Earle himself spent some time homeless when he was in the midst of his drug addiction, and Van Zandt even spoke to him about his problem at one point, in a visit during which he played Earle "Marie" for the first time. As Earle described it, it wasn't a confrontation so much as Van Zandt asking Earle if he was using clean needles, but, as he said dryly, "You know you're in trouble when Townes comes to your house to give you a temperance lecture." To introduce "Pancho and Lefty," he said he decided to record it first for Townes, jokingly likening it to your first day in prison, when you take on "the biggest motherfucker in the yard" to establish your toughness.
| Steve Earle :: 06.19.09 :: Austin, TX|
Earle has a lot of honesty and self-deprecating humor when it comes to his own life, giving him onstage accessibility and compassion with a no bullshit edge. He would never glamorize self-destruction. His tunes wind around that scar tissue, rising to the surface with a fighting spirit. He stubbornly refuses to accept that things should be the way they are, and thank god for that. Songs like "Rich Man's War" boil over with anger at the inherent unfairness of the disconnect between who fights and who decides, while "The Mountain" looks at mountaintop removal mining from the eyes of a miner who calls the peak home, a gorgeous mando rolling with its heartbreak. Both songs were powerfully placed in a succession of Earle tunes, including the rousing "City of Immigrants," which he played on an octave mandolin, and the gripping Celtic string band number "Dixieland," before he capped off the set with a one-two punch of Van Zandt's "Lungs" and "To Live is to Fly."
As Earle said, introducing "Lungs," "If this doesn't scare you, you're overmedicated." He exhaled its chilling vapor over us:
Well, won't you lend your lungs to me?
Mine are collapsing
Plant my feet and bitterly breathe
Up the time that's passing.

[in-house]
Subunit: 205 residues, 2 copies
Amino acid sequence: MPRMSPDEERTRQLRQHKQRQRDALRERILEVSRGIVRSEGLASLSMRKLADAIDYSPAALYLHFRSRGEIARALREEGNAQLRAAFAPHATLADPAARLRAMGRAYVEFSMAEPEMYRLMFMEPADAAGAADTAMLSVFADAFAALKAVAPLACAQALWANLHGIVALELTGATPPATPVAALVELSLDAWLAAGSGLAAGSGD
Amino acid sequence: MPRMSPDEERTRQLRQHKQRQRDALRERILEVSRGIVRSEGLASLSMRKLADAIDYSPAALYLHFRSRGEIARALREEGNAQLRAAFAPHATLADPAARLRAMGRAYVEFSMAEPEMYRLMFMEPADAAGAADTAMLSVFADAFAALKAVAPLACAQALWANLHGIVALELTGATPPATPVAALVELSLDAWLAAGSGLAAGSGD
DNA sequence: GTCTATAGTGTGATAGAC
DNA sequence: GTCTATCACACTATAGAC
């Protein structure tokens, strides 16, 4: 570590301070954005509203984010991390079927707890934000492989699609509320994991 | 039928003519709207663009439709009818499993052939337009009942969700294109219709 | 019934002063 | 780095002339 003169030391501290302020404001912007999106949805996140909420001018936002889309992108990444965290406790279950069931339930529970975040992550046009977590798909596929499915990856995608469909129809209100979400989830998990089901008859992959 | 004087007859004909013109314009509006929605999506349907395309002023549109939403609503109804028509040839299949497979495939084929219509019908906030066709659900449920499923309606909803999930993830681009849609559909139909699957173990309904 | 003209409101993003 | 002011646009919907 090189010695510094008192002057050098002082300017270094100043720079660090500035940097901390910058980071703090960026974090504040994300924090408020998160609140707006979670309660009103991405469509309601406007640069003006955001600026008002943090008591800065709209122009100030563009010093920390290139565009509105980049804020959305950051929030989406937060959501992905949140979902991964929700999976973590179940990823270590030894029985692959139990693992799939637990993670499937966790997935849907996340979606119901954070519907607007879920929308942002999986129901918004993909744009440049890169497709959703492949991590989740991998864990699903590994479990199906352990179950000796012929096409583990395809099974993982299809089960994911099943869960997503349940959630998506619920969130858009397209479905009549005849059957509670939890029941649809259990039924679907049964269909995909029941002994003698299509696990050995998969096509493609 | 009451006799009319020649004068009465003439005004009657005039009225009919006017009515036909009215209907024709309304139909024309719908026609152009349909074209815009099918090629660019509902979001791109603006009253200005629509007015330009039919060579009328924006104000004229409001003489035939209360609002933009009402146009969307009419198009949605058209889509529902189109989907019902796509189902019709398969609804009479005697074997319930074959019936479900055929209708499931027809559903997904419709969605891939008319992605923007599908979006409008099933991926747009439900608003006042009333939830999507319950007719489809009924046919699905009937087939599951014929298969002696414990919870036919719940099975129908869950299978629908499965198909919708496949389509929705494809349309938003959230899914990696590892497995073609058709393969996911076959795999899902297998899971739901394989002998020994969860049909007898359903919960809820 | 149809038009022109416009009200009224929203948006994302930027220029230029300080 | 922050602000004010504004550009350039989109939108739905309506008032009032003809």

Breath I'll take and breath I'll give
Pray the day ain't poison
Stand among the ones that live
In lonely indecision.
Van Zandt's music is often unfairly characterized as wholly gloomy, and much of it is heavy, even frighteningly so. His blues ran deep. But "To Live is the Fly" shows his gift at capturing illumination as well as darkness, even in the midst of his transitory existence. This song always gives me heartening acceptance, hope in strong proof. We often dwell in our tragedies, run from our mistakes. We fail, fall down, fuck up, but only by lifting ourselves back up do we gain grace.
We all got holes to fill
| Steve Earle & Townes Van Zandt|
Them holes are all that's real
Some fall on you like a storm
Sometimes you dig your own
But choice is yours to make
And time is yours to take
Some dive into the sea
Some toil upon the stone
To live is to fly
Low and high
So shake the dust off of your wings
And the sleep out of your eyes
Shake the dust off of your wings
And the tears out from your eyes
Earlier this year, on the night of Van Zandt's birthday, March 7, at a wine bar down the street from my apartment, we sat outside and listened to a gentleman playing that very song. Turns out he knew Van Zandt, although not very well, he professed, but he shared a few stories with us ("The last time I saw Townes, he parked his car in the middle of the street in New Braunfels and wandered off with a bottle of vodka in his hand..."). Texans love their mythology, and it seems everyone's got a tall tale or two about Townes in these parts, especially in these Austin streets haunted by the specter of musical legends. At one point during the show, a gentlemen sitting next to me said, his eyes turning to the Paramount's ceiling, "You know, they say there's ghosts in this theatre." My goose bumps could have been from the air conditioning, but closing my eyes, as I listened to Earle sing his teacher's enduring words, I wondered if he was right.